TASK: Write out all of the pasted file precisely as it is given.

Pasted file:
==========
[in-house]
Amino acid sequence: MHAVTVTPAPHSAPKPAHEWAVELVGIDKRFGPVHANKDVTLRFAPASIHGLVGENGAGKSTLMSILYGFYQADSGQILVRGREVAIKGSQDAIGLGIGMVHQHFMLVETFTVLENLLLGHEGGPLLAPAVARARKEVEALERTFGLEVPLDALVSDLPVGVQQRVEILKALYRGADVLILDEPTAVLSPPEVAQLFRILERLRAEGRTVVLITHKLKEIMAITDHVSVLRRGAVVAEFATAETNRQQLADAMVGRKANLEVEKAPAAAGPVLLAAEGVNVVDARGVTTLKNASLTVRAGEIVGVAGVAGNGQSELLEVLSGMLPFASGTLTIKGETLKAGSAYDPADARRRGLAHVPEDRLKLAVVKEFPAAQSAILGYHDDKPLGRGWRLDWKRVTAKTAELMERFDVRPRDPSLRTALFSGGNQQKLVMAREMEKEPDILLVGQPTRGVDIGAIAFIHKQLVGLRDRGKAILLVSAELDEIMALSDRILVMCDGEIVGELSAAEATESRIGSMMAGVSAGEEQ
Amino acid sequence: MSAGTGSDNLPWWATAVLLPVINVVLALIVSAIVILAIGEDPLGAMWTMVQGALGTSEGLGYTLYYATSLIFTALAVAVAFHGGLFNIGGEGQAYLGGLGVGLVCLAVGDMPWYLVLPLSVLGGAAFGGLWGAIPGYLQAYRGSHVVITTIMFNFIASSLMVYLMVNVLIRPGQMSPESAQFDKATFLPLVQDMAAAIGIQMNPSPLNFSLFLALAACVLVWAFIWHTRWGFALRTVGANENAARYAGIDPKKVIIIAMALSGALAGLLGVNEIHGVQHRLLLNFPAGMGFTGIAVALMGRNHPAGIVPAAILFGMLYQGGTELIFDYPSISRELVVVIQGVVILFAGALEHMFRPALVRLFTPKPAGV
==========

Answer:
[in-house]
Amino acid sequence: MHAVTVTPAPHSAPKPAHEWAVELVGIDKRFGPVHANKDVTLRFAPASIHGLVGENGAGKSTLMSILYGFYQADSGQILVRGREVAIKGSQDAIGLGIGMVHQHFMLVETFTVLENLLLGHEGGPLLAPAVARARKEVEALERTFGLEVPLDALVSDLPVGVQQRVEILKALYRGADVLILDEPTAVLSPPEVAQLFRILERLRAEGRTVVLITHKLKEIMAITDHVSVLRRGAVVAEFATAETNRQQLADAMVGRKANLEVEKAPAAAGPVLLAAEGVNVVDARGVTTLKNASLTVRAGEIVGVAGVAGNGQSELLEVLSGMLPFASGTLTIKGETLKAGSAYDPADARRRGLAHVPEDRLKLAVVKEFPAAQSAILGYHDDKPLGRGWRLDWKRVTAKTAELMERFDVRPRDPSLRTALFSGGNQQKLVMAREMEKEPDILLVGQPTRGVDIGAIAFIHKQLVGLRDRGKAILLVSAELDEIMALSDRILVMCDGEIVGELSAAEATESRIGSMMAGVSAGEEQ
Amino acid sequence: MSAGTGSDNLPWWATAVLLPVINVVLALIVSAIVILAIGEDPLGAMWTMVQGALGTSEGLGYTLYYATSLIFTALAVAVAFHGGLFNIGGEGQAYLGGLGVGLVCLAVGDMPWYLVLPLSVLGGAAFGGLWGAIPGYLQAYRGSHVVITTIMFNFIASSLMVYLMVNVLIRPGQMSPESAQFDKATFLPLVQDMAAAIGIQMNPSPLNFSLFLALAACVLVWAFIWHTRWGFALRTVGANENAARYAGIDPKKVIIIAMALSGALAGLLGVNEIHGVQHRLLLNFPAGMGFTGIAVALMGRNHPAGIVPAAILFGMLYQGGTELIFDYPSISRELVVVIQGVVILFAGALEHMFRPALVRLFTPKPAGV